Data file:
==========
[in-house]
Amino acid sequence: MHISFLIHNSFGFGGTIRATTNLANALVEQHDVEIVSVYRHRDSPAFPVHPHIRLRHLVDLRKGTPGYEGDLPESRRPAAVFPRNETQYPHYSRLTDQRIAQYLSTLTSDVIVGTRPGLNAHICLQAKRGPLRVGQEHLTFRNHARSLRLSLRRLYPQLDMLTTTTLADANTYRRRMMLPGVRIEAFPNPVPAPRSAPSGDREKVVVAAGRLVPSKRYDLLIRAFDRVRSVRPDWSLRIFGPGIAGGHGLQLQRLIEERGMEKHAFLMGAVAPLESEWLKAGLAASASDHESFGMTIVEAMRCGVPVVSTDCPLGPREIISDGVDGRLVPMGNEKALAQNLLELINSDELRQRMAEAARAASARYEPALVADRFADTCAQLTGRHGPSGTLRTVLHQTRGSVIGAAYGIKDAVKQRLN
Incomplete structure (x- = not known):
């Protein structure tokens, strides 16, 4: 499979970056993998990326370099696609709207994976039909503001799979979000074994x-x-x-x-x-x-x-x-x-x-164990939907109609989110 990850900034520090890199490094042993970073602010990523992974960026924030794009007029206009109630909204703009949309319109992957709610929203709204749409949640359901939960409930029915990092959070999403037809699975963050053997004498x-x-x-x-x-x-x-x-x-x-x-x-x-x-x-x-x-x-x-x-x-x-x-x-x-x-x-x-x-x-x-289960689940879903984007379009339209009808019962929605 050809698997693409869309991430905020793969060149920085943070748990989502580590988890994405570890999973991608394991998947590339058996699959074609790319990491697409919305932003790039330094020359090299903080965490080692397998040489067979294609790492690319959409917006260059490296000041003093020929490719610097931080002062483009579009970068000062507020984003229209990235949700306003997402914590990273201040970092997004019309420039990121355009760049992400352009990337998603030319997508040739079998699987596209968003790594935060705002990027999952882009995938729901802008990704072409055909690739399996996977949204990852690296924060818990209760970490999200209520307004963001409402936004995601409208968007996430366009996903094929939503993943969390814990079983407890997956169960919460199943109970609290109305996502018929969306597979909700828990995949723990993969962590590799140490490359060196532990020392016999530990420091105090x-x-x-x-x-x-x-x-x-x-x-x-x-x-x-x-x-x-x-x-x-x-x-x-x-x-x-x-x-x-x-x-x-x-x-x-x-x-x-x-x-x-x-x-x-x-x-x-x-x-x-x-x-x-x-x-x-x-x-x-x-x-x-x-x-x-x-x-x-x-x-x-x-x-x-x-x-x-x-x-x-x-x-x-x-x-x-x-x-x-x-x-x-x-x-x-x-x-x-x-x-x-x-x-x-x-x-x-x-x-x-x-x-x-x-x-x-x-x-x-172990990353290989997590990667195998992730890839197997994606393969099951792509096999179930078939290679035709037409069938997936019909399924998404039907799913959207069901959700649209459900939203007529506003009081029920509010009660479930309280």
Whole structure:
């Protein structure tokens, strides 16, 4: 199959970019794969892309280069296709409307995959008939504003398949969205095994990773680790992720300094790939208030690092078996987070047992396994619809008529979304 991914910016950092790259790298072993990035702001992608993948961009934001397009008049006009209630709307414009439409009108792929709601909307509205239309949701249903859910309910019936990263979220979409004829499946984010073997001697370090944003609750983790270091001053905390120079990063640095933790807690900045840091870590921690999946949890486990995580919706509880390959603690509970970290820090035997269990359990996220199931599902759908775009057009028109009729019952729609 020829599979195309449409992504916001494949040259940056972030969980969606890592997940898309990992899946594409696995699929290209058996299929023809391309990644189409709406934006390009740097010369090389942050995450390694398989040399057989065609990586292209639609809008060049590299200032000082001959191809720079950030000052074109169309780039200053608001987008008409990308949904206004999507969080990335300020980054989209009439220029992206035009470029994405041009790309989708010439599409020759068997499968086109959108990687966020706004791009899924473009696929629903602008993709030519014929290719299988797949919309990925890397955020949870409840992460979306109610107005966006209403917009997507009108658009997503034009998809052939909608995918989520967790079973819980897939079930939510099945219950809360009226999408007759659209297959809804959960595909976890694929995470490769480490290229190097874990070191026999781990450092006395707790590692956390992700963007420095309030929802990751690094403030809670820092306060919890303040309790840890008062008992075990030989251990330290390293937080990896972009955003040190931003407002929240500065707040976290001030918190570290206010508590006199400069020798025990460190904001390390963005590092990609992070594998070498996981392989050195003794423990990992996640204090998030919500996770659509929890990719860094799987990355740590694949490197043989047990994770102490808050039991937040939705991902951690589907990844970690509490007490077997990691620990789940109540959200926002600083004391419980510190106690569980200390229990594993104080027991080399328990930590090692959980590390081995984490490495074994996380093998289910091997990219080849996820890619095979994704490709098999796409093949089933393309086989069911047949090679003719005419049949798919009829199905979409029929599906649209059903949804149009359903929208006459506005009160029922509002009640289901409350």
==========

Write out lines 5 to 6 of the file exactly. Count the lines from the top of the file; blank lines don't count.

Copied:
Whole structure:
């Protein structure tokens, strides 16, 4: 199959970019794969892309280069296709409307995959008939504003398949969205095994990773680790992720300094790939208030690092078996987070047992396994619809008529979304 991914910016950092790259790298072993990035702001992608993948961009934001397009008049006009209630709307414009439409009108792929709601909307509205239309949701249903859910309910019936990263979220979409004829499946984010073997001697370090944003609750983790270091001053905390120079990063640095933790807690900045840091870590921690999946949890486990995580919706509880390959603690509970970290820090035997269990359990996220199931599902759908775009057009028109009729019952729609 020829599979195309449409992504916001494949040259940056972030969980969606890592997940898309990992899946594409696995699929290209058996299929023809391309990644189409709406934006390009740097010369090389942050995450390694398989040399057989065609990586292209639609809008060049590299200032000082001959191809720079950030000052074109169309780039200053608001987008008409990308949904206004999507969080990335300020980054989209009439220029992206035009470029994405041009790309989708010439599409020759068997499968086109959108990687966020706004791009899924473009696929629903602008993709030519014929290719299988797949919309990925890397955020949870409840992460979306109610107005966006209403917009997507009108658009997503034009998809052939909608995918989520967790079973819980897939079930939510099945219950809360009226999408007759659209297959809804959960595909976890694929995470490769480490290229190097874990070191026999781990450092006395707790590692956390992700963007420095309030929802990751690094403030809670820092306060919890303040309790840890008062008992075990030989251990330290390293937080990896972009955003040190931003407002929240500065707040976290001030918190570290206010508590006199400069020798025990460190904001390390963005590092990609992070594998070498996981392989050195003794423990990992996640204090998030919500996770659509929890990719860094799987990355740590694949490197043989047990994770102490808050039991937040939705991902951690589907990844970690509490007490077997990691620990789940109540959200926002600083004391419980510190106690569980200390229990594993104080027991080399328990930590090692959980590390081995984490490495074994996380093998289910091997990219080849996820890619095979994704490709098999796409093949089933393309086989069911047949090679003719005419049949798919009829199905979409029929599906649209059903949804149009359903929208006459506005009160029922509002009640289901409350």